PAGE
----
Nurses in rural areas still working despite threats


NURSES in rural areas continue to provide patient care responsibilities under extreme pressure and threat from patients due to inadequate drugs supplies, deteriorated facilities and without enough staff, an official says.
Wampar council manager Joe Paru in Huon Gulf, Morobe said the Government failed over time to provide ample funding to improve health facilities, staff and deliver drugs on time.
Paru remarked during International nurses day celebrated by health staff from Salamaua, Morobe Post and Wampar on Friday.
The nurses recited ‘save a life and you are a hero, save hundreds of lives and you are the nurse’.
“Regardless of the meaningful chant, nurses in remotest Huon Gulf and other districts are faced with difficulties in drug supplies, rundown facilities and not enough workers.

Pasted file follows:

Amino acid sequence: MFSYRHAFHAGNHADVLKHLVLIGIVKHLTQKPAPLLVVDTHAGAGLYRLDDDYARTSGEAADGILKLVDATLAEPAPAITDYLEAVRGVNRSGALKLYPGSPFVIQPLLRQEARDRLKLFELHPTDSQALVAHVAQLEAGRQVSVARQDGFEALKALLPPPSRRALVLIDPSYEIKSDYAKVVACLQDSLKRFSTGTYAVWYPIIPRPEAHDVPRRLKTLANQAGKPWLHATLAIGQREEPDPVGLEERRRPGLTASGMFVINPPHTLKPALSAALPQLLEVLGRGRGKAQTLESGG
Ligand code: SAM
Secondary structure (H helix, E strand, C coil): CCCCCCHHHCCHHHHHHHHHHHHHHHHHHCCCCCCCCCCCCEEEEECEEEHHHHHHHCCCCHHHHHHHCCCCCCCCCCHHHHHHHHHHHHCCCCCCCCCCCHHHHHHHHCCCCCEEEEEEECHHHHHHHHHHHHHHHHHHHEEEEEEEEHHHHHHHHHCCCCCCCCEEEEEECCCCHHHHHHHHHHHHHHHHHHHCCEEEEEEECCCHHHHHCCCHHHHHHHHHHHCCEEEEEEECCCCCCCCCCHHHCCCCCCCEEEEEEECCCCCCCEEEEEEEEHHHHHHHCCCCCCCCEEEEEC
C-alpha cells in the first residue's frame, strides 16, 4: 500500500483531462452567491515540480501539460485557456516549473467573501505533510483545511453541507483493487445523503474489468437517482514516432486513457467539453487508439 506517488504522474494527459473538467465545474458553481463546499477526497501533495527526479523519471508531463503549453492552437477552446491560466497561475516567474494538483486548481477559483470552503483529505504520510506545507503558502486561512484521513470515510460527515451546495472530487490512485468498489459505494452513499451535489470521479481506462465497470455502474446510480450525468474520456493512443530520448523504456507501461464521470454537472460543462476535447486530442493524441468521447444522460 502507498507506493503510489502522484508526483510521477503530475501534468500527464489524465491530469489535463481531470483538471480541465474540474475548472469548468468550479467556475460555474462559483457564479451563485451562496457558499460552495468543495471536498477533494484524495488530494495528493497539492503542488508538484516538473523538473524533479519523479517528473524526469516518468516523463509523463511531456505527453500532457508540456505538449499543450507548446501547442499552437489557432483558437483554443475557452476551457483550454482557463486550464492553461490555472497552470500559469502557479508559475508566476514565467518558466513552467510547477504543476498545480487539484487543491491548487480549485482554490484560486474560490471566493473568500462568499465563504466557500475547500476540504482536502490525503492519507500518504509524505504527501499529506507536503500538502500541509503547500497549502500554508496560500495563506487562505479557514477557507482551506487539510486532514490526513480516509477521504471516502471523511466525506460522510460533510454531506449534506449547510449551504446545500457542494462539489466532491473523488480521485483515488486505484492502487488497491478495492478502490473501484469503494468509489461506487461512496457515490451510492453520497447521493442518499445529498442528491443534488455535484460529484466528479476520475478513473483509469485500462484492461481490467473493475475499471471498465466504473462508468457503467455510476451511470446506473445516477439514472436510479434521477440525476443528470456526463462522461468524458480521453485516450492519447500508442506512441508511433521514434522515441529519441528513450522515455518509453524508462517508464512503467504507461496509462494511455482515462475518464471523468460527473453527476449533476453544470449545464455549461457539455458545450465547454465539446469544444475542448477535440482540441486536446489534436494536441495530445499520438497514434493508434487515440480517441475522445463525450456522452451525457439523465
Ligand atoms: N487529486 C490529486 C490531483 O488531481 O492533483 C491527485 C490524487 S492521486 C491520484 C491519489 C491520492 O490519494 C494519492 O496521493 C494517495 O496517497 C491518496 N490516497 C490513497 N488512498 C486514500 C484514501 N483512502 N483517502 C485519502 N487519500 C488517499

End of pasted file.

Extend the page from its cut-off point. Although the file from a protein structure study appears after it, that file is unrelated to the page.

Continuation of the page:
“Nurses continue to use kerosene lamps and torches at night to treat patients using local herbs and prayers to stabilise patients,” Paru said.
In Huon Gulf, out of 47 aid posts – 12 were closed, five were in Salamaua and four each in Wampar and Morobe patrol post.
“These nurses walk for days or travel by dinghies or dugout canoes to buy drugs in Lae.
“When clinics are closed over no drugs, nurses face the consequences being attacked by patients,” Paru said.
He said complications of pregnant women, critical axe or knife injuries, snake bites, bows and arrow injuries over land issues or adultery cases were a common problem.
International Nurses Day falls on May 12 which coincide with the birthday of Florence Nightingale, the lady who founded nursing.